Drivers want P-platers banned at night

Sydney Morning Herald

18 July 2004
More than half of NSW and ACT drivers support a curfew banning P-platers from driving at night and believe learners shouldn't carry passengers, a new survey shows.

A survey of 400 residents found 53 per cent thought teenage provisional drivers should not be allowed behind the wheel between 10pm and 5am.

And 54 per cent believed they should only carry fully-licensed passengers aged over 20.

Both of these conditions are in effect in New Zealand.

The Pedestrian Council of Australia, which commissioned the report, said the results supported its call to urgently review the states' P-plate laws.

"There has been no decline whatsoever in the number of deaths on NSW roads over the past five years, particularly in the area of young P-plate drivers
and their passengers," council chairman Harold Scruby said.

"In spite of a government commitment to save 820 lives by the end of this year, not one life has been saved and the NSW death toll on our roads continues unabated."
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The survey, conducted this month, involved drivers aged 17 and over.

Results showed women and older people were more likely to support the restrictions.

But drivers aged 40-49 - a likely age for parents with teenagers - were more negative about the proposal than drivers aged 30 years and over.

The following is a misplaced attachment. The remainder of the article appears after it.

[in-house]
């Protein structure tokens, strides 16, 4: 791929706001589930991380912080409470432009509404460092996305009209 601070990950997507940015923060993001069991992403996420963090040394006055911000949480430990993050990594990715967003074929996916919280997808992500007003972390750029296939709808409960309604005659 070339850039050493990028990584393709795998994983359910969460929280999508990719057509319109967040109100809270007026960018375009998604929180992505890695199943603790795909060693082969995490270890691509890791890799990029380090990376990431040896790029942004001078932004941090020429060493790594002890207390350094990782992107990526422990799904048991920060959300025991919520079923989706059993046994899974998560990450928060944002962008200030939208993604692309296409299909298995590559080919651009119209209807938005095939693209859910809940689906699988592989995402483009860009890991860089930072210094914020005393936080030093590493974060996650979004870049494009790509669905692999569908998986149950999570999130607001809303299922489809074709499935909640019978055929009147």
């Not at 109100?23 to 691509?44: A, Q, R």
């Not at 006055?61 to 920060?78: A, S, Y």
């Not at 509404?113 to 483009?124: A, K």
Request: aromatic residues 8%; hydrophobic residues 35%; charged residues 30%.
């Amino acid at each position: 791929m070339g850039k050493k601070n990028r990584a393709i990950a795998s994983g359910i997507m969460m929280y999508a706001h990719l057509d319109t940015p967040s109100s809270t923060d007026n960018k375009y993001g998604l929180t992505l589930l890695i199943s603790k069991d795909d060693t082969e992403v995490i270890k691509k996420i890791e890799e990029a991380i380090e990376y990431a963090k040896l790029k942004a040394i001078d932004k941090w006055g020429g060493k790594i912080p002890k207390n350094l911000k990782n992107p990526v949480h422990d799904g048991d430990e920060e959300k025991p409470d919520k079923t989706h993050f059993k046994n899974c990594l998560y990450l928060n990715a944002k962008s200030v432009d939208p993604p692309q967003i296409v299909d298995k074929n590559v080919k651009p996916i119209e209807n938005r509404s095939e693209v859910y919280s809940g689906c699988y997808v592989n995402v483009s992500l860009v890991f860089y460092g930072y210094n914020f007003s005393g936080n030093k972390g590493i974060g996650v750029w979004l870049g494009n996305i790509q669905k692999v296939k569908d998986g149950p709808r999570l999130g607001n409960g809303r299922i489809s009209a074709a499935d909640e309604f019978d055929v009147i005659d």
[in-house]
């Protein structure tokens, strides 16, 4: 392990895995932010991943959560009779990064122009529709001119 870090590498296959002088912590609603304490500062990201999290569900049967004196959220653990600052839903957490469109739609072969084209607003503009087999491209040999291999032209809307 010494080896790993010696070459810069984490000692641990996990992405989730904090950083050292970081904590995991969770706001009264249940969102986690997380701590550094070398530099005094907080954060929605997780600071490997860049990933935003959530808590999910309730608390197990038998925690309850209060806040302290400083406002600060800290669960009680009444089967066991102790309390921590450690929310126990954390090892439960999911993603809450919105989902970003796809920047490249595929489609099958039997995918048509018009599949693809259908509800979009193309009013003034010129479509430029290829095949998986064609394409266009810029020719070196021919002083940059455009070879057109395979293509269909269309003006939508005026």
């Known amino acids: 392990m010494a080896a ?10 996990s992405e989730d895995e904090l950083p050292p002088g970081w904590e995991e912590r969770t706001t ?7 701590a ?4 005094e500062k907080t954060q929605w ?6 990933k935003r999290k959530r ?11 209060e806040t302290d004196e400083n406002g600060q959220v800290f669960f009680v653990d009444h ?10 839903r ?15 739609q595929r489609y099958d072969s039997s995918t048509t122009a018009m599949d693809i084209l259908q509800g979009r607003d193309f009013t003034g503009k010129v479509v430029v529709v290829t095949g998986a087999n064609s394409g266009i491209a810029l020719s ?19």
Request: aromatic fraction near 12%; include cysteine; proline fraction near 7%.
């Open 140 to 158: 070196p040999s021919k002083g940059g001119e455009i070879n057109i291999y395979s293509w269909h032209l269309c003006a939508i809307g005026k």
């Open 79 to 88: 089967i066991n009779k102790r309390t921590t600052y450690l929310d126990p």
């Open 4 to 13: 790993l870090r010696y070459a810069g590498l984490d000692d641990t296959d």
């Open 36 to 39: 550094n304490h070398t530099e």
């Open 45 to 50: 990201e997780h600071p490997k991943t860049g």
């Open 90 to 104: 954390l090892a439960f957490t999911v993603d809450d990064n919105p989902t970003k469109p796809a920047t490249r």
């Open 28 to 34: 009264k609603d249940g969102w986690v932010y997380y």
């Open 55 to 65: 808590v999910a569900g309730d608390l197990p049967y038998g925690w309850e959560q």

The George Institute for International Health this month called for P-plate licence holders to be banned from driving in the first six months in a bid to reduce road accidents.

The idea was condemned by youth groups which claim the move was unwarranted and could place novice drivers in grave danger.

NSW Roads and Traffic Authority (RTA) said the idea had already been thoroughly investigated and would impact on people working and studying.

But Mr Scruby said special exemptions allowing travel only to and from the permitted destinations could be introduced.

He called on NSW Roads Minister Carl Scully to consider emulating Victoria by lifting the age P-platers can get their license from 17 to 18, and
restricting them from driving high powered cars.

"If it has worked in Victoria, it can work throughout Australia," Mr Scruby said in a statement.

"It is utterly absurd that the law in NSW allows children to drive, unsupervised, with a car-load of teenage passengers, in a turbo-charged V8."